TUESDAY, Jan. 22, 2019 (HealthDay News) -- Primary care providers are well positioned to provide critical support and personalized care for youth with gender dysphoria and their caregivers or families, according to a review published online Jan. 21 in CMAJ, the journal of the Canadian Medical Association.
Joseph H. Bonifacio, M.D., M.P.H., from St. Michael's Hospital in Toronto, and colleagues conducted a literature review and examined articles to provide an overview of the management of gender dysphoria in postpubertal adolescents. The overview includes practical advice on approaches to social and medical transitioning to support primary care practitioners seeing youth with gender dysphoria in their practices.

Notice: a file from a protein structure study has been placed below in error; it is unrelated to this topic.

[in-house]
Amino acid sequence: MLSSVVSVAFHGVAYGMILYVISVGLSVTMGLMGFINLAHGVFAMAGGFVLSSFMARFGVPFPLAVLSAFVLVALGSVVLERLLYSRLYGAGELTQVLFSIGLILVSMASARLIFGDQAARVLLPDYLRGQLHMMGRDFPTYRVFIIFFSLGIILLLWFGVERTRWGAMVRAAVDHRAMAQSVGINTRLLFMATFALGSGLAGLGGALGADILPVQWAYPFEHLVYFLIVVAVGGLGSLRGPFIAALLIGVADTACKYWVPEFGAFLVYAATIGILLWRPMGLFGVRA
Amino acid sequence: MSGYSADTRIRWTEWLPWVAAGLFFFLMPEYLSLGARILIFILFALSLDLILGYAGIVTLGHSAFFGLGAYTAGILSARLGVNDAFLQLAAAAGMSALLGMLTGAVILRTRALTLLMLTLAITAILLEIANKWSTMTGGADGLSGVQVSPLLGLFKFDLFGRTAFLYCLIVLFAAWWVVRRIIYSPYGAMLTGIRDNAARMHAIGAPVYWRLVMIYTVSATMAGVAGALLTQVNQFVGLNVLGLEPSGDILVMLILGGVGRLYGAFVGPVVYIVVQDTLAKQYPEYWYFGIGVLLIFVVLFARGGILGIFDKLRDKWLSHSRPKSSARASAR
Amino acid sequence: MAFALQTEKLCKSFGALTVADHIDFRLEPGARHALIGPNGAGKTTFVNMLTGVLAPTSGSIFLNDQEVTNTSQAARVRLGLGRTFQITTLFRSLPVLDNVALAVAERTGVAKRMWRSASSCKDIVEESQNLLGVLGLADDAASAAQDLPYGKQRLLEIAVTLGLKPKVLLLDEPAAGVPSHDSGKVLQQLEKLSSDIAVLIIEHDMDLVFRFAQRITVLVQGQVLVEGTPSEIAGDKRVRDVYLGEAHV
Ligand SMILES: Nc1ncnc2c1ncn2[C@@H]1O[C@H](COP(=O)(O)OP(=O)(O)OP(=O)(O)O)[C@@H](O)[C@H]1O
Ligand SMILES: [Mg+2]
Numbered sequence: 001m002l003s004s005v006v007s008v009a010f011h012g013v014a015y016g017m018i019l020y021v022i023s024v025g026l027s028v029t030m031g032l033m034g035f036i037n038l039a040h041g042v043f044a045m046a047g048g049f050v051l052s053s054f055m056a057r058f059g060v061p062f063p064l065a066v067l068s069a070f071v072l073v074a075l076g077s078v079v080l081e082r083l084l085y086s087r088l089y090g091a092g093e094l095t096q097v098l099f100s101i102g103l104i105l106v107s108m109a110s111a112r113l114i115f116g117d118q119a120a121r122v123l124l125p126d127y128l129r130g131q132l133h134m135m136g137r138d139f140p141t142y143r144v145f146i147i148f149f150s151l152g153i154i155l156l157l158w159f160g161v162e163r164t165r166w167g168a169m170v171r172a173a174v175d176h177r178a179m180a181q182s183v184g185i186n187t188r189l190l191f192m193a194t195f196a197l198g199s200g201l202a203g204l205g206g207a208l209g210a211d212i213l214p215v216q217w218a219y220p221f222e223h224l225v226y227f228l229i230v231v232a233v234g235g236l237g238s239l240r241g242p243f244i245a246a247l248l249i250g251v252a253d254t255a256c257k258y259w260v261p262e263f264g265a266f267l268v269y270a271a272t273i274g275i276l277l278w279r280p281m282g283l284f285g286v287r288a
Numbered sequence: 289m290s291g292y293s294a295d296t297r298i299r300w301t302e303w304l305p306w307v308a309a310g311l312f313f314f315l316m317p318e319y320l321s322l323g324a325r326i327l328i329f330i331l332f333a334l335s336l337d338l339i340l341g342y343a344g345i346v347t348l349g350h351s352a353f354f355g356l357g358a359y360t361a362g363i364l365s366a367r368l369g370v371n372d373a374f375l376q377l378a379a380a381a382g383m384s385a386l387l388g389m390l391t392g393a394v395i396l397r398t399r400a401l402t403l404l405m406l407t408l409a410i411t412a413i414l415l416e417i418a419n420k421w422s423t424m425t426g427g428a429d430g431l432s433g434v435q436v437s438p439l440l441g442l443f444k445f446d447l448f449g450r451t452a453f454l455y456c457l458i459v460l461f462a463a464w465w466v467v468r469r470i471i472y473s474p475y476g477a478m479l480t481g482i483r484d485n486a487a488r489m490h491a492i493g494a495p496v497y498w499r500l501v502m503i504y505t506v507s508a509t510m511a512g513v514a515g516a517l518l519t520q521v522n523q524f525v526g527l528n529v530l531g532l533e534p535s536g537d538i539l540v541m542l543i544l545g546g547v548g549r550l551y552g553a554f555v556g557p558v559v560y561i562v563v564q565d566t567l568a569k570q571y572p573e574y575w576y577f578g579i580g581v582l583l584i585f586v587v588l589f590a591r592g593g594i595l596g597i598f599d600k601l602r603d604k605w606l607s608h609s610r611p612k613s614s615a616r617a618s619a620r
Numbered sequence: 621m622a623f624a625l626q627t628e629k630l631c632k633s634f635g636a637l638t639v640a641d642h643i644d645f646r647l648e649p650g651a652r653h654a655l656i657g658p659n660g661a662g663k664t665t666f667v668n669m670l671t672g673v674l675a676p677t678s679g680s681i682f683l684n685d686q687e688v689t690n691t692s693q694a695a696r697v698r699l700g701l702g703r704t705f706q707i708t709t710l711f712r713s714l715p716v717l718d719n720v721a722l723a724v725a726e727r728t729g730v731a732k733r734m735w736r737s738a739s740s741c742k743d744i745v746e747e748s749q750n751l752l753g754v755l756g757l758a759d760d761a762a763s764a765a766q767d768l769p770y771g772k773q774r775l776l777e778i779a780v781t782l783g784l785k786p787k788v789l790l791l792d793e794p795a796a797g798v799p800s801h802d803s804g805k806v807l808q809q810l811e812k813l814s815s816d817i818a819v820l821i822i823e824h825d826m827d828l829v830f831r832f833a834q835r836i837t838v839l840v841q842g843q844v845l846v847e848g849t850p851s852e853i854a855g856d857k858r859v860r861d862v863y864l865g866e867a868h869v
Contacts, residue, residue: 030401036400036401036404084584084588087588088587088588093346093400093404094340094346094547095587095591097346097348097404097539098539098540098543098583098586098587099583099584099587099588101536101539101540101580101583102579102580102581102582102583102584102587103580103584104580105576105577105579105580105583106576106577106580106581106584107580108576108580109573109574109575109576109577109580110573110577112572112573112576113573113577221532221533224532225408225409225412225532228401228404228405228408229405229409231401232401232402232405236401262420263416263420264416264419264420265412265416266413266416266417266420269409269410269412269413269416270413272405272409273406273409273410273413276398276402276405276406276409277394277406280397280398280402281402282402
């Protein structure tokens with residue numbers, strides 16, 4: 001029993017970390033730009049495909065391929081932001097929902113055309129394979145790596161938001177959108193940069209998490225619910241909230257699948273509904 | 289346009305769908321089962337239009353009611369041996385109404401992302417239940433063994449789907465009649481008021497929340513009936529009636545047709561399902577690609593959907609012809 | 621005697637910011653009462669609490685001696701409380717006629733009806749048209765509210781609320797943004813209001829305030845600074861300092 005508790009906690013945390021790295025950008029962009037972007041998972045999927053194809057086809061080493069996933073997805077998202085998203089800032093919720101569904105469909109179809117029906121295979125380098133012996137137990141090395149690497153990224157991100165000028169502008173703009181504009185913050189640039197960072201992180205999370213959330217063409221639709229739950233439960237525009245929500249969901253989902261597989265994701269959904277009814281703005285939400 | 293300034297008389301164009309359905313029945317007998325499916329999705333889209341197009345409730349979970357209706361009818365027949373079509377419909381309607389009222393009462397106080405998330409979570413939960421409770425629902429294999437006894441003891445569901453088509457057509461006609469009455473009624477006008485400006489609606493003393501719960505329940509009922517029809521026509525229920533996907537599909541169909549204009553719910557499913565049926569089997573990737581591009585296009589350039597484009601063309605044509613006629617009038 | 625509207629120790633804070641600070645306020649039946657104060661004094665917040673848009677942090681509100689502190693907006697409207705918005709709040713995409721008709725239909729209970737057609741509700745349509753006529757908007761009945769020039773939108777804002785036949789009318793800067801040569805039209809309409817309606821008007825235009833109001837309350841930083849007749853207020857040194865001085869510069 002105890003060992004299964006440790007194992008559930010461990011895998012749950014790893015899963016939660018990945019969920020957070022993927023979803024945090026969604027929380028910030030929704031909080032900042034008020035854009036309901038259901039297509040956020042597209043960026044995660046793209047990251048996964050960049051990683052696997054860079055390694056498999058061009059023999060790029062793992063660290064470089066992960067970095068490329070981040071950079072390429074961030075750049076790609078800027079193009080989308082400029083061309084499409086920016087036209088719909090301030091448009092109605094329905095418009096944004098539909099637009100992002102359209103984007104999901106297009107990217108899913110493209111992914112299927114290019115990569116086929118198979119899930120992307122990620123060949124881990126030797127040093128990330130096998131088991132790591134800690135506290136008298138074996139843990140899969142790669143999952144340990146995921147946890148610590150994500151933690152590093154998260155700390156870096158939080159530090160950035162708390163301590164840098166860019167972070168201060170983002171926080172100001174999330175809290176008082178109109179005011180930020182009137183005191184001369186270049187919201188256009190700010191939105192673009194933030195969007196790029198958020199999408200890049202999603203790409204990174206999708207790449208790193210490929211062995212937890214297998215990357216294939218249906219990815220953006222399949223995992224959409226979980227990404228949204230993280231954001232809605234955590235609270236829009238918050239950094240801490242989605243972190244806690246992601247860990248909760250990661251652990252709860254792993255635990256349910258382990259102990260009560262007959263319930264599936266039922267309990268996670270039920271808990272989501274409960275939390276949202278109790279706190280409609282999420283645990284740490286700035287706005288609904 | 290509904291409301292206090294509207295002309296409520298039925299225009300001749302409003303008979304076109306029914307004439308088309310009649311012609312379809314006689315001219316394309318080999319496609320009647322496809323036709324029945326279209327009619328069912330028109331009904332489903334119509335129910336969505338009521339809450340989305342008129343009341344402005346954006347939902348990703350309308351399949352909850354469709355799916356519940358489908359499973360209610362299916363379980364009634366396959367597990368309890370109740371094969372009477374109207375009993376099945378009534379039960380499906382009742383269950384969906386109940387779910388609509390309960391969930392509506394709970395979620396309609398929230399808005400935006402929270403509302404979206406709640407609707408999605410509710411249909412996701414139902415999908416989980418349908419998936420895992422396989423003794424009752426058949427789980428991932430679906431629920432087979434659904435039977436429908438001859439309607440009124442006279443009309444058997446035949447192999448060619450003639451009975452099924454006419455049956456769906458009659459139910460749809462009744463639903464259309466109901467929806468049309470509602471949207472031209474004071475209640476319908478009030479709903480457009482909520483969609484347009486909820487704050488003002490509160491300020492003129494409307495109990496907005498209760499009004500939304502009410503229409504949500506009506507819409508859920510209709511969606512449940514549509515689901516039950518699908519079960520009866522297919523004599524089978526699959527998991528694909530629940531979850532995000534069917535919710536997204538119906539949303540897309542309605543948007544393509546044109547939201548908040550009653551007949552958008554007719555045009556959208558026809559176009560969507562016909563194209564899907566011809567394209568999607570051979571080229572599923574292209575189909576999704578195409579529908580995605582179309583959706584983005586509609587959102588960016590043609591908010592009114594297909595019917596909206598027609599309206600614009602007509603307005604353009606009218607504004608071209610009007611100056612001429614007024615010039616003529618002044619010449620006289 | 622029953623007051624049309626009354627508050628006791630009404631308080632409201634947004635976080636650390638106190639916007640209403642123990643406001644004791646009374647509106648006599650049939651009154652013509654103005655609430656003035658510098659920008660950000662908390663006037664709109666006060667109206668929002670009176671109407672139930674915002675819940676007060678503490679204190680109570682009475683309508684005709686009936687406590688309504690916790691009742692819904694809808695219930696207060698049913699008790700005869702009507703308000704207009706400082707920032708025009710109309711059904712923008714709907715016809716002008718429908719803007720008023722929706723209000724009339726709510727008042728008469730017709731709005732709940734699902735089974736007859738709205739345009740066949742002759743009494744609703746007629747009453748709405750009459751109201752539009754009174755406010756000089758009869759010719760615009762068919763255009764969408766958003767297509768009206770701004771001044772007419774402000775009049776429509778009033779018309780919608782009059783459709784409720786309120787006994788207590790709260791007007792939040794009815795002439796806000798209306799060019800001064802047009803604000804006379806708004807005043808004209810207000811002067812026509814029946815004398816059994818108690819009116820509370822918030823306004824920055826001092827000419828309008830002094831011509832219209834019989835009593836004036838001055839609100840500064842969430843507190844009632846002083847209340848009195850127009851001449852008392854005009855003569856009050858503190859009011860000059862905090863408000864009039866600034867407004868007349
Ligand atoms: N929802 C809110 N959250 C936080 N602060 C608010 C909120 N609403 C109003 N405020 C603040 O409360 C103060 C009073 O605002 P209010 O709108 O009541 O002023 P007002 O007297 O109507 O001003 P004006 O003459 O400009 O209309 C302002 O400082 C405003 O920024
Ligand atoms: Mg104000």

The authors recommend that primary care providers provide guidance on the timing of social transitioning, review and oversee the potential use of medical management, and connect families of youth with gender dysphoria to local community resources and supports. Further, hormonal suppression can delay puberty and give youth and their families more time to make decisions about transitioning.
"An increasing number of adolescents seeking care for gender dysphoria suggests that more primary care providers will encounter such youth in clinical practice and should be familiar with the key aspects of their management," the authors write.